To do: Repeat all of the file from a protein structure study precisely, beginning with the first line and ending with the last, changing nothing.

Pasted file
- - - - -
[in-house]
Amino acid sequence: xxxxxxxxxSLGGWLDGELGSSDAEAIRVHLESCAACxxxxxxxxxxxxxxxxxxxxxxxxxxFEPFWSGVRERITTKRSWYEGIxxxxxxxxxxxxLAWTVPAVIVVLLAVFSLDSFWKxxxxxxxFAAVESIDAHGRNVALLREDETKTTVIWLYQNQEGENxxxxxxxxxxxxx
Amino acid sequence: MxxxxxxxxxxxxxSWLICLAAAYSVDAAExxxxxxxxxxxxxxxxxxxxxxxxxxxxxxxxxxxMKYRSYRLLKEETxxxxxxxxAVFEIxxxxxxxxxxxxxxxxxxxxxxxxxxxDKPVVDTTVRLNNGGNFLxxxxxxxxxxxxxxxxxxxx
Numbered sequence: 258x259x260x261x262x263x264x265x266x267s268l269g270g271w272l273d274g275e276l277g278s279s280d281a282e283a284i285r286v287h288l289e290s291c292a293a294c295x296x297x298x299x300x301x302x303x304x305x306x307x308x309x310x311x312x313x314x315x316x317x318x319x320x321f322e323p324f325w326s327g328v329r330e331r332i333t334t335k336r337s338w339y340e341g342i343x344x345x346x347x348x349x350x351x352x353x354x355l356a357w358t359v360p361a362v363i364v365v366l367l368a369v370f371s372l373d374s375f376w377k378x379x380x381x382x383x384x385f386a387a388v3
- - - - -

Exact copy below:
[in-house]
Amino acid sequence: xxxxxxxxxSLGGWLDGELGSSDAEAIRVHLESCAACxxxxxxxxxxxxxxxxxxxxxxxxxxFEPFWSGVRERITTKRSWYEGIxxxxxxxxxxxxLAWTVPAVIVVLLAVFSLDSFWKxxxxxxxFAAVESIDAHGRNVALLREDETKTTVIWLYQNQEGENxxxxxxxxxxxxx
Amino acid sequence: MxxxxxxxxxxxxxSWLICLAAAYSVDAAExxxxxxxxxxxxxxxxxxxxxxxxxxxxxxxxxxxMKYRSYRLLKEETxxxxxxxxAVFEIxxxxxxxxxxxxxxxxxxxxxxxxxxxDKPVVDTTVRLNNGGNFLxxxxxxxxxxxxxxxxxxxx
Numbered sequence: 258x259x260x261x262x263x264x265x266x267s268l269g270g271w272l273d274g275e276l277g278s279s280d281a282e283a284i285r286v287h288l289e290s291c292a293a294c295x296x297x298x299x300x301x302x303x304x305x306x307x308x309x310x311x312x313x314x315x316x317x318x319x320x321f322e323p324f325w326s327g328v329r330e331r332i333t334t335k336r337s338w339y340e341g342i343x344x345x346x347x348x349x350x351x352x353x354x355l356a357w358t359v360p361a362v363i364v365v366l367l368a369v370f371s372l373d374s375f376w377k378x379x380x381x382x383x384x385f386a387a388v3